27 Nov 2013

DEMYSTIFYING FAILURE

By Ezim Osai ,
Wednesday, November 27, 2013
  
                                             "If at first you don’t succeed, try, try, try again."
                                                                                                   - Mrs Helen Odume

Failure is your friend. The world is designed in such a way that people tend to be afraid of failure and avoid it at all costs and ignore the reality of things. Failure is inherently neutral; like money it is neither good nor bad but can be interpreted and used anyway one chooses to, based on his temperament, beliefs and frame of mind.

Failure is relative as well. It does not mean the same thing to two people. If Individual A plans to score 70% or higher in an examination and another Individual B plans to score at least 40% in the same examination, their bases of failure are different. Therefore, if A scores 65% he would not have met his target which is a failure of sorts, while B who may have scored 42% will be very pleased with himself for having met his target. Although the score of Individual A is higher than the score of Individual B and the world may look at Individual B as a failure, Individual B would probably be more pleased with himself than A would as he met and passed his own target. This is what failure and success is and not what we sometimes go about forcing ourselves to believe.

In my JSS3-SSS2, I was a star student in my school as I won several competitions and prizes and always emerged top of my class. After a while, success became natural to me and I grew complacent, over-confident and full of myself. With the mentality that ako mi ti poju I enrolled and sat for the November/December WAEC GCE. I prepared lackadaisically as I believed I was equal to the task and whatever they might throw at me. I failed woefully. The cloud that my head was in suddenly dissipated and it brought me back to Earth painfully. Nobody had to tell me to rid myself of whatever I thought I was and start working towards my SSCE and JAMB.
In the case of the story I just told, failure served as a reminder to me. It helped me remember that there was still work to be done and that I had to put in more effort. Of course, when it happened it was very painful and I was presented with two choices: Despair and deny the truth, saying things like ‘it was not my script they marked’ OR I could gain strength from the pain and shame of failure and reach for success. When I saw the results of my SSCE, NECO and JAMB, I was genuinely happy as the bitter taste of failure helped me recognise the sweet taste of success when it came. I chose to make failure my friend rather than my enemy and I have walked side by side with him ever since.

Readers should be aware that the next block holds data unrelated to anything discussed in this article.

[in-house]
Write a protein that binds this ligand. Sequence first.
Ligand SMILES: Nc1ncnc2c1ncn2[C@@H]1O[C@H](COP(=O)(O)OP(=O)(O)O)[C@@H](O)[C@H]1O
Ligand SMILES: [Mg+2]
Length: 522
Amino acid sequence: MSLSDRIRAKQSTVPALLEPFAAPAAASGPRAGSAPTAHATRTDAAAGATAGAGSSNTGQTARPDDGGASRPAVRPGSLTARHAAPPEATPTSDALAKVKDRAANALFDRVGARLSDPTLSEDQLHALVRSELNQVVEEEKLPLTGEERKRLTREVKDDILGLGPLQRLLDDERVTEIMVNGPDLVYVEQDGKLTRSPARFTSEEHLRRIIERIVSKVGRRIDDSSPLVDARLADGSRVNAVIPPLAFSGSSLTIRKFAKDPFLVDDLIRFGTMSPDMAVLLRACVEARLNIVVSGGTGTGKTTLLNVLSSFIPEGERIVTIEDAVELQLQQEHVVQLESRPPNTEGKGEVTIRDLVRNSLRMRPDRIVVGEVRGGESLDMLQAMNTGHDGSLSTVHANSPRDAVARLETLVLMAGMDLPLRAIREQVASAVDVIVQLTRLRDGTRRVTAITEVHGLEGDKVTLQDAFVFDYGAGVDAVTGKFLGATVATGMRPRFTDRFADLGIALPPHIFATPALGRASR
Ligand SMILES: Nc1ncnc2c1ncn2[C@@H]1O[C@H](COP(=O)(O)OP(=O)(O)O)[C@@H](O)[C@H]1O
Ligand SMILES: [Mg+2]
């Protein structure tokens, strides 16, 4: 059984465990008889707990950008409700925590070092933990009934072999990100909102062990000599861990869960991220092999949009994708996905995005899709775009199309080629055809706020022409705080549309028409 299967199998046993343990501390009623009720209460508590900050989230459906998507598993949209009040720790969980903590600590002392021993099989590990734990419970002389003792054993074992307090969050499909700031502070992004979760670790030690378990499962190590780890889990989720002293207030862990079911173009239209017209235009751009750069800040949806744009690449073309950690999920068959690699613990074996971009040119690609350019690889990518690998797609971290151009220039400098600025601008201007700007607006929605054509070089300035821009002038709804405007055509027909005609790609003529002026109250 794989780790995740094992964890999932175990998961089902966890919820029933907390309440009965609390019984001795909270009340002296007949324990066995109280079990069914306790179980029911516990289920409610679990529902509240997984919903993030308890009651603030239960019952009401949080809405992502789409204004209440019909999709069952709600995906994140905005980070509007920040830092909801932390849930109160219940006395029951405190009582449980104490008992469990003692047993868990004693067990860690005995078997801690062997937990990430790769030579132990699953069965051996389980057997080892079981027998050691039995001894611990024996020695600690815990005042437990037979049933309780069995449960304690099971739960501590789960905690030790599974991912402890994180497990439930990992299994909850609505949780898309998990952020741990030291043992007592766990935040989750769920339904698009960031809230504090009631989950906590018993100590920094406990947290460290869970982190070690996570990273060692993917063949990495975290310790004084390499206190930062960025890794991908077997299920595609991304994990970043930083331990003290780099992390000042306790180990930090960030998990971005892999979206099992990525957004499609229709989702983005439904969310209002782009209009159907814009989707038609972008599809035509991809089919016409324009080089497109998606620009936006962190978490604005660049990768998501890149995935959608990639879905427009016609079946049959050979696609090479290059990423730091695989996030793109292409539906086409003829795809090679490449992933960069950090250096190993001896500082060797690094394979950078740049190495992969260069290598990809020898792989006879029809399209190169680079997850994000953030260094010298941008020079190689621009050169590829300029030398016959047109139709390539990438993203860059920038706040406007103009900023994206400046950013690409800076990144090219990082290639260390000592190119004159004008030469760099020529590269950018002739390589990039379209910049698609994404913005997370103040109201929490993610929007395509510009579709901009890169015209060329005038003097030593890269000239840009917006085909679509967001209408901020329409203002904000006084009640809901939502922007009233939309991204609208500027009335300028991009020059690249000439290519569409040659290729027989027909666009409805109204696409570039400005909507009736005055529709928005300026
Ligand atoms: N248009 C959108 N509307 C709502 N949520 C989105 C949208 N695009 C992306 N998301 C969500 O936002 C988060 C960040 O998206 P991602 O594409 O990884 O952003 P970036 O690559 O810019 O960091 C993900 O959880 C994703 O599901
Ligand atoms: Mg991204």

Some people say ‘I can’t think failure, I can’t comprehend failure, failure is not my portion’ and I like to respond with a line I remember from Lil Wayne’s John; he [Lil Wayne] says ‘prepared for the worst but still praying for the best’. If we cannot comprehend and make plans for failure, then we are denying the fact that it is possible. Refusing to look at the tail of a coin does not mean it is not there. Saying we cannot ‘consider’ failure or even think about it is a mild form of self-deceit. I remember reading a John Grisham book (A Time to Kill I think) where the protagonist Lawyer’s most promising jury member was dismissed because he said he could not ‘consider’ the death penalty to punish a crime. Needless to say more on this but refusing to acknowledge a fact does not diminish the possibility of it.

The only way we can make failure our friend and companion is choosing not to fear it like some of our teachers want us to. We have to learn how to get back up when we are knocked down and we have to learn how to learn from our past mistakes. Failure makes the taste of success sweeter and it makes victory more worthwhile. My proprietress in Primary School always used to tell us ‘If at first you don’t succeed, try, try, try again’. It is said that Thomas Edison tried over 900 arrangements before he invented the light bulb, it is said that Abraham Lincoln failed about three times before he was elected as the President of the United States of America, it is said that Roxio had produced 52 other games before they could make the hit game Angry Birds, it is said that Victory loves Preparation and preparation means planning. 

Everything may work out alright and we may never know failure which is very good but we must also make plans for it and choose not to be weighed down by it. Failure is my friend and I never spare an opportunity to learn from him; whether he is in my house or in my friend’s house, I always look to see what he is doing.






Ezim Osai is a 200L Physics major at the University of Ibadan. A Taoist and a Christian, he loves Cooking, Travelling, Reading, Writing, and loves to absorb nature.

1 comment:

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